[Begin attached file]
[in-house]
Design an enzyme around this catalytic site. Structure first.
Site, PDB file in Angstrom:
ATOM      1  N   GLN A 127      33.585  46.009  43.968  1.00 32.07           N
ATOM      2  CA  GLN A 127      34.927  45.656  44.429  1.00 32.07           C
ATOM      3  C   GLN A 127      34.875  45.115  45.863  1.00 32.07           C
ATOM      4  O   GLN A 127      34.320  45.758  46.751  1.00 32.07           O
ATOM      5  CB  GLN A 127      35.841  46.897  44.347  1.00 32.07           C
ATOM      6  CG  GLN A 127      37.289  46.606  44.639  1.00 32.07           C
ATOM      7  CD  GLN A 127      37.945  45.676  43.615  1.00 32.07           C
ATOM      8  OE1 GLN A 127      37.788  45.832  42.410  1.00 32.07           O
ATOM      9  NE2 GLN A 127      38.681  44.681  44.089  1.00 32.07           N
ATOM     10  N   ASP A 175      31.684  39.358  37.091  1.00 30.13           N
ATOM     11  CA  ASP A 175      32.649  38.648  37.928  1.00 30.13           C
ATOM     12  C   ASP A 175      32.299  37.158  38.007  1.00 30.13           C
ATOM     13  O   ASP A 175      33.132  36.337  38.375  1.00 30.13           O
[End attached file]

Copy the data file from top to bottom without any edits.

[in-house]
Design an enzyme around this catalytic site. Structure first.
Site, PDB file in Angstrom:
ATOM      1  N   GLN A 127      33.585  46.009  43.968  1.00 32.07           N
ATOM      2  CA  GLN A 127      34.927  45.656  44.429  1.00 32.07           C
ATOM      3  C   GLN A 127      34.875  45.115  45.863  1.00 32.07           C
ATOM      4  O   GLN A 127      34.320  45.758  46.751  1.00 32.07           O
ATOM      5  CB  GLN A 127      35.841  46.897  44.347  1.00 32.07           C
ATOM      6  CG  GLN A 127      37.289  46.606  44.639  1.00 32.07           C
ATOM      7  CD  GLN A 127      37.945  45.676  43.615  1.00 32.07           C
ATOM      8  OE1 GLN A 127      37.788  45.832  42.410  1.00 32.07           O
ATOM      9  NE2 GLN A 127      38.681  44.681  44.089  1.00 32.07           N
ATOM     10  N   ASP A 175      31.684  39.358  37.091  1.00 30.13           N
ATOM     11  CA  ASP A 175      32.649  38.648  37.928  1.00 30.13           C
ATOM     12  C   ASP A 175      32.299  37.158  38.007  1.00 30.13           C
ATOM     13  O   ASP A 175      33.132  36.337  38.375  1.00 30.13           O